When the behaviors are part of a person's personality disorder or personality style, repercussions are not usually immediate, but instead accumulate over time as the individuals affected by the person come to recognize the disavowed aggression coming from that person. People with this personality style are often quite unconscious of their impact on others, and thus may be genuinely dismayed when held to account for the inconvenience or discomfort caused by their passive-aggressive behaviors. In that context, they fail to see how they might have provoked a negative response, so they feel misunderstood, held to unreasonable standards, and/or put-upon.
Treatment of this disorder can be difficult: efforts to convince the subject that their unconscious feelings are being expressed passively, and that the passive expression of those feelings (their behavior) inspires other people's anger or disappointment with the patient, are often met with resistance. Individuals with the disorder will frequently leave treatment claiming that it did no good. Since the effectiveness of various therapies has yet to be proven, these individuals may be correct.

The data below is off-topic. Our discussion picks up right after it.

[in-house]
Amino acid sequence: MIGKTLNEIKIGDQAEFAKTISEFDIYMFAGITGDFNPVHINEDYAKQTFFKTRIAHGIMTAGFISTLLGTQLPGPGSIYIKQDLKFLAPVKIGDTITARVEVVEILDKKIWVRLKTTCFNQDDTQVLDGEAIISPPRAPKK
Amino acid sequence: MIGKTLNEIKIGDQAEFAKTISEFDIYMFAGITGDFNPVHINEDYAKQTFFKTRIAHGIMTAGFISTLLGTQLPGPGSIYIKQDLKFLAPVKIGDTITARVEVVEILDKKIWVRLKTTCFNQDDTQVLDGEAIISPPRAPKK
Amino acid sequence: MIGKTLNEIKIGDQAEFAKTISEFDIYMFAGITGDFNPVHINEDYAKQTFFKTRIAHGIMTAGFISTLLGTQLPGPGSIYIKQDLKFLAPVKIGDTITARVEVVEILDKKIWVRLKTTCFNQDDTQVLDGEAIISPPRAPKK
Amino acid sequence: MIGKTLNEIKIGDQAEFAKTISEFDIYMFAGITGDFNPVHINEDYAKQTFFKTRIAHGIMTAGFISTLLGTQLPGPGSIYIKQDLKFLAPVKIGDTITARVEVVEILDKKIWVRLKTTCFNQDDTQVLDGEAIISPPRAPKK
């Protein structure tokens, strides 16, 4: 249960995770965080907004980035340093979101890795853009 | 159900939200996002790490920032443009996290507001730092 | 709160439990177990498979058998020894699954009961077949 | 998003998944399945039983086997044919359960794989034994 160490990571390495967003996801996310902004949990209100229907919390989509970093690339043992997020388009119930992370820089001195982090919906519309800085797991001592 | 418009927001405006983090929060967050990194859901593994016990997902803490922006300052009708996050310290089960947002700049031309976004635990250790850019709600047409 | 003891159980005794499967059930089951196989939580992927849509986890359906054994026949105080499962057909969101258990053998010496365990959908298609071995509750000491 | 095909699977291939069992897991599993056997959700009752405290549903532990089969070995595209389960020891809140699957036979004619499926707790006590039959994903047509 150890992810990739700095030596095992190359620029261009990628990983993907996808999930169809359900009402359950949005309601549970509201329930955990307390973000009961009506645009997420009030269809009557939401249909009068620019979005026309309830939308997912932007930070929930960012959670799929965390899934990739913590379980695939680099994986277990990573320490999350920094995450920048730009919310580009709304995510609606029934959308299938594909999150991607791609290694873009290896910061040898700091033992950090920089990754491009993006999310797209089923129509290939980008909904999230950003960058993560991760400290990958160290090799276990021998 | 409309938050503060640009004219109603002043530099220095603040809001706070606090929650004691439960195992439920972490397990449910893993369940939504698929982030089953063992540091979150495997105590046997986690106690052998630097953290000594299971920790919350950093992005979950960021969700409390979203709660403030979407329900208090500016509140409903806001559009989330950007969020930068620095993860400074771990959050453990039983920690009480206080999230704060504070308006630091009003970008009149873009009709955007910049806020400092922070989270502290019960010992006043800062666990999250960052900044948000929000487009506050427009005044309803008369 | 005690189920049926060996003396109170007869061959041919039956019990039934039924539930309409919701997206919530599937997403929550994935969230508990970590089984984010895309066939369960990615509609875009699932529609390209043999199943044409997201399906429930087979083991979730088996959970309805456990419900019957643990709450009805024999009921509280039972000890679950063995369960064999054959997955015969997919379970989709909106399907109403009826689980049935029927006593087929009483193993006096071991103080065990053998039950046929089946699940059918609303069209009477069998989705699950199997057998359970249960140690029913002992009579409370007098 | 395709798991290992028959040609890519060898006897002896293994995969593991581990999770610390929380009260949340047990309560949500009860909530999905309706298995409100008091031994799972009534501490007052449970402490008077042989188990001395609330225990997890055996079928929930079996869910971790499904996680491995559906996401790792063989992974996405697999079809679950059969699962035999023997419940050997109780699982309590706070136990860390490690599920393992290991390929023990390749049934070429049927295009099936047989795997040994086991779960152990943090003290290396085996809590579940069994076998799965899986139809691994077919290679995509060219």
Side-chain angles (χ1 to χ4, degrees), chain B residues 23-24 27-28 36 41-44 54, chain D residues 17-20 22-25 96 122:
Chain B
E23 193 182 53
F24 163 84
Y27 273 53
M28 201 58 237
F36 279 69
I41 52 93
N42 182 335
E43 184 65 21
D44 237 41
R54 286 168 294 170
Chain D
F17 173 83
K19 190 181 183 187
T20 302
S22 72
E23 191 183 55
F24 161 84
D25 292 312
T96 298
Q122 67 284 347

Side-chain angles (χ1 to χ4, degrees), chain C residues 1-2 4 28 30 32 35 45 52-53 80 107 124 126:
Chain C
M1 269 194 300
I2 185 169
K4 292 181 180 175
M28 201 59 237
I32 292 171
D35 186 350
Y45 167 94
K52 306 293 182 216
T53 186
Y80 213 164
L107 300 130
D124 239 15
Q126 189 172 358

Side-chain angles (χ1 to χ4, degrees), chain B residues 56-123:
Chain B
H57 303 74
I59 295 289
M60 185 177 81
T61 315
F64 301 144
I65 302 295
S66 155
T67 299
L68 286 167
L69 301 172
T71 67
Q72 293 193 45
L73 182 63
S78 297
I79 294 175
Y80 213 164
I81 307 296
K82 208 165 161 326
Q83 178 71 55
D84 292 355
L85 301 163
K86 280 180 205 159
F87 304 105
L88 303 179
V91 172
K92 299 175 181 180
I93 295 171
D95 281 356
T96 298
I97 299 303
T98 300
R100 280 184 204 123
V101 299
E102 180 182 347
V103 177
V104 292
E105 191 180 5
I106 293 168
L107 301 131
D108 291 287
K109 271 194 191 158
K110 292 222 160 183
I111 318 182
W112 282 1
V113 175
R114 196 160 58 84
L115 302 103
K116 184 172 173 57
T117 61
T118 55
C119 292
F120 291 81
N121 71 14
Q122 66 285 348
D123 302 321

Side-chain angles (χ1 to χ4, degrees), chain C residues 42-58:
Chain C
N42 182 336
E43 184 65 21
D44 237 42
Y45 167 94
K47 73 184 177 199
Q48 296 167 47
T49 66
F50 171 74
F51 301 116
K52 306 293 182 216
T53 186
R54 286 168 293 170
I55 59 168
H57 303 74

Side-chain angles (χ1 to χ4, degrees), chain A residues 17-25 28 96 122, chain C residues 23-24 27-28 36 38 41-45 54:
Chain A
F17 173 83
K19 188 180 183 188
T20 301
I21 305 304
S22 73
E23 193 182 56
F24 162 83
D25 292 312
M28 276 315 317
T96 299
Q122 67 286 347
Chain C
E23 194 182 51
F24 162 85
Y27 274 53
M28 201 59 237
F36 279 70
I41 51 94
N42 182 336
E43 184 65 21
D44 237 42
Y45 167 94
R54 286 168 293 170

Passive aggressive disorder is said to stem from a specific childhood stimulus (e.g. overbearing parental figures, or alcohol/drug addicted parents).
The term "passive-aggressive" was first used by the U.S. military during World War II, when military psychiatrists noted the behavior of soldiers who displayed passive resistance and reluctant compliance to orders.
There are certain behaviors that help identify passive-aggressive behavior.
A passive-aggressive person may not have all of these behaviors, and may have other non-passive-aggressive traits.